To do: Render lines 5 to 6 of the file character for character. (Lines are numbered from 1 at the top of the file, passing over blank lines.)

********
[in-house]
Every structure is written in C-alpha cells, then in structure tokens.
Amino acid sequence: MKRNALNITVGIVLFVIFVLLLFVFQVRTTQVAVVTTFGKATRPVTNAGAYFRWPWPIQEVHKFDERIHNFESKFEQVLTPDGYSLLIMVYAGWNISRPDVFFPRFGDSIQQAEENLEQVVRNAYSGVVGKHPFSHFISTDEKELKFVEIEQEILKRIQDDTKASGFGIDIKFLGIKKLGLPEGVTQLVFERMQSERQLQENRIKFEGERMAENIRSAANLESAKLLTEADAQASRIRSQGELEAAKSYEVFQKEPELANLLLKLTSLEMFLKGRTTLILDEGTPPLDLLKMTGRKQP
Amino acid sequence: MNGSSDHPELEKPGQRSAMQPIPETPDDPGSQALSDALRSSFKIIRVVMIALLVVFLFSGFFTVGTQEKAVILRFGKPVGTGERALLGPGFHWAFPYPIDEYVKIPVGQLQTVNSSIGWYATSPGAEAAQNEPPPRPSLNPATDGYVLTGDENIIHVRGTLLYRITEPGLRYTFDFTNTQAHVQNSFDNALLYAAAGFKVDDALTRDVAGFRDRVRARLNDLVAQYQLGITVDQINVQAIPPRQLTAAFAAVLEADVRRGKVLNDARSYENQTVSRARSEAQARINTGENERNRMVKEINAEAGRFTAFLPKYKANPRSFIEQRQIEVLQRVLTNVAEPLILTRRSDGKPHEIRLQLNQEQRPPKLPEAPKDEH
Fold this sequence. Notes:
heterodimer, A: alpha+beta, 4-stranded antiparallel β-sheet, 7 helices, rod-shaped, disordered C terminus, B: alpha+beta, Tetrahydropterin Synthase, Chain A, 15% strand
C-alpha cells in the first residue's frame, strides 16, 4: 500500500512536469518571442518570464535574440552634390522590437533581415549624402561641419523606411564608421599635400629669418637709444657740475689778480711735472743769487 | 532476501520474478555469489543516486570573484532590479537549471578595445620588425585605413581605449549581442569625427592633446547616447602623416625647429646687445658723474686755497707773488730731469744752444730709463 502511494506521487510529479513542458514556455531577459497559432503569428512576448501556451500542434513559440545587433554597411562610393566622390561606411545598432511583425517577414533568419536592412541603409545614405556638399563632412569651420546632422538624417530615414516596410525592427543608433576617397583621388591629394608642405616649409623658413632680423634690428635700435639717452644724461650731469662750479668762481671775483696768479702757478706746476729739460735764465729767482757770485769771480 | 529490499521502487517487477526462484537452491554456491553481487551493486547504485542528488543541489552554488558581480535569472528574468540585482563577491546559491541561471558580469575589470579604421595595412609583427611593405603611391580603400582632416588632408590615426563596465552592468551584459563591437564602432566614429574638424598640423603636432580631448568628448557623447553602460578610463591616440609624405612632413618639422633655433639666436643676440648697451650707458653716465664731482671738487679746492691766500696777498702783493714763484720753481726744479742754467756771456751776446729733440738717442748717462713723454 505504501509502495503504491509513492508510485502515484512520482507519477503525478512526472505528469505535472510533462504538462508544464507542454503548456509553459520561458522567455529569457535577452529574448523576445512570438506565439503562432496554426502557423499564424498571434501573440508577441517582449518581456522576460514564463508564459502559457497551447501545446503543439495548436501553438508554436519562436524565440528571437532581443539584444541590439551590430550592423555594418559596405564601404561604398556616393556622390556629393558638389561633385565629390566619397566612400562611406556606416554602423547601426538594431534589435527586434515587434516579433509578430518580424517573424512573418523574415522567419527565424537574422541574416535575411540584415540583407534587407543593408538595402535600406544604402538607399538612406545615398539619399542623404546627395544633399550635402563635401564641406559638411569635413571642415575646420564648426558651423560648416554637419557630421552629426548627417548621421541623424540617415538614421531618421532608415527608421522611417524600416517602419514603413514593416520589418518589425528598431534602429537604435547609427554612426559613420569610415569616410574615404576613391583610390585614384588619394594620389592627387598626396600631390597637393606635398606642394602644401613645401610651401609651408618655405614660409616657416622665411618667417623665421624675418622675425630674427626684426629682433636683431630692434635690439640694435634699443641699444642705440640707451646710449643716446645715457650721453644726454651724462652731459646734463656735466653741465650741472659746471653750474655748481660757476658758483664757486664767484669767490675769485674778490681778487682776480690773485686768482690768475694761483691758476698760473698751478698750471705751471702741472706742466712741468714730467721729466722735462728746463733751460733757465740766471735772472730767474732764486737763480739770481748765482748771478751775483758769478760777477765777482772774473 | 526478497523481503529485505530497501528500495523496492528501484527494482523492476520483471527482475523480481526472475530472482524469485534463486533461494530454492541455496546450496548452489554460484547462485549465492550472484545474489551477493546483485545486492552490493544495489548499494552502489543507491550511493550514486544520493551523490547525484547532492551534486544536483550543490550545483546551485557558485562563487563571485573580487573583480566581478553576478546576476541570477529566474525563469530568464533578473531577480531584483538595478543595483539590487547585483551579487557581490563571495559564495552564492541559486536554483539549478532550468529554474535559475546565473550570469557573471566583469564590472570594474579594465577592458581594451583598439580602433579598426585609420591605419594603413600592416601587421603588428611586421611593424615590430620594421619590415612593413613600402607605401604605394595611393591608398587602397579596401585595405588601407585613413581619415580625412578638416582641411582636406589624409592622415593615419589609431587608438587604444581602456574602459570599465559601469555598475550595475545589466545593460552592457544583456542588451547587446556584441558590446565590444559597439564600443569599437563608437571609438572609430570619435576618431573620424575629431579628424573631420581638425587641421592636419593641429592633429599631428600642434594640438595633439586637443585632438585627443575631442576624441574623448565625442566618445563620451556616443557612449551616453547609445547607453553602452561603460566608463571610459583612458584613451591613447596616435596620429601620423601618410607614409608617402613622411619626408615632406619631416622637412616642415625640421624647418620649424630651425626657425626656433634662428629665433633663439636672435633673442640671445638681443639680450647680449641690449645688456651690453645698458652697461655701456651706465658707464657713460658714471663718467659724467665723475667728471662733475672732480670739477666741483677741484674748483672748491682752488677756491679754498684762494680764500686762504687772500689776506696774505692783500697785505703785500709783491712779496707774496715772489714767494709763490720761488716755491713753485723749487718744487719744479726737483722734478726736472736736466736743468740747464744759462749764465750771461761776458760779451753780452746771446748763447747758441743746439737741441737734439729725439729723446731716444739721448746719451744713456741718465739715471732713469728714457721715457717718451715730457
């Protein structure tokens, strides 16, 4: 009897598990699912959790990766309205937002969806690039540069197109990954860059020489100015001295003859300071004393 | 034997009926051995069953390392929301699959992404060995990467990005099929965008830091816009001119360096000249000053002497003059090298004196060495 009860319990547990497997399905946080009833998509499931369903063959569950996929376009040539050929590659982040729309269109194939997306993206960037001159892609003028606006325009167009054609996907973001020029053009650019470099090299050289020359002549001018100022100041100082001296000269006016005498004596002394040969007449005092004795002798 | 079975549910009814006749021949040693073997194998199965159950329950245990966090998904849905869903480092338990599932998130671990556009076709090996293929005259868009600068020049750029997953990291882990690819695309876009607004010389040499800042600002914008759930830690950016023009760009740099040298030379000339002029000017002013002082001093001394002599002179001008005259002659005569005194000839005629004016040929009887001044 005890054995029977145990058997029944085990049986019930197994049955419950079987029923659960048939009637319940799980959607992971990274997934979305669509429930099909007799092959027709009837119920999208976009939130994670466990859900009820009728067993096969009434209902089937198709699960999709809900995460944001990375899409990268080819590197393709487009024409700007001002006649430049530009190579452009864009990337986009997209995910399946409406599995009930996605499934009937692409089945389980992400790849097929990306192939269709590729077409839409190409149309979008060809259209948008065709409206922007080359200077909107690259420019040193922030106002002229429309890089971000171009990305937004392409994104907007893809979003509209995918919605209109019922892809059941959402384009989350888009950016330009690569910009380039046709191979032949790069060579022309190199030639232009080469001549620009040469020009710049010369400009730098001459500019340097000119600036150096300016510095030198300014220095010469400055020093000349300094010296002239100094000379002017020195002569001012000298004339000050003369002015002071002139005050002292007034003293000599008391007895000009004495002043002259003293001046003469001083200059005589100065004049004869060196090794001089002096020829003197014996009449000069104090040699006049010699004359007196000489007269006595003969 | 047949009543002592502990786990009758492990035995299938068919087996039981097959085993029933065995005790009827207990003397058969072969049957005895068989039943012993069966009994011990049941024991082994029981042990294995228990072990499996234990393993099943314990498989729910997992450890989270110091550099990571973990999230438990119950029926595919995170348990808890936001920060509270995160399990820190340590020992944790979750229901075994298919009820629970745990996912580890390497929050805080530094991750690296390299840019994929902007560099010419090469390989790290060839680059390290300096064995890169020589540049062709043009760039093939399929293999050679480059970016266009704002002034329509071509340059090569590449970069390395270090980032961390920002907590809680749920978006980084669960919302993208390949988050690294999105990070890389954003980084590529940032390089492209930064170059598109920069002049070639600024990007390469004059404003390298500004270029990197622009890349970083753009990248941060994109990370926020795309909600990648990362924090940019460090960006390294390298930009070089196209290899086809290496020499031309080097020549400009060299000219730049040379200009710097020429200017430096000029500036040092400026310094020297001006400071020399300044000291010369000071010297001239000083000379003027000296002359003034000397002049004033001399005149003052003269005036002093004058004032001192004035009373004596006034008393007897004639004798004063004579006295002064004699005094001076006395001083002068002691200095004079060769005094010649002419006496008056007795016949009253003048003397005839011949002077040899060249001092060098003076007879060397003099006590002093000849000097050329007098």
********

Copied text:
Fold this sequence. Notes:
heterodimer, A: alpha+beta, 4-stranded antiparallel β-sheet, 7 helices, rod-shaped, disordered C terminus, B: alpha+beta, Tetrahydropterin Synthase, Chain A, 15% strand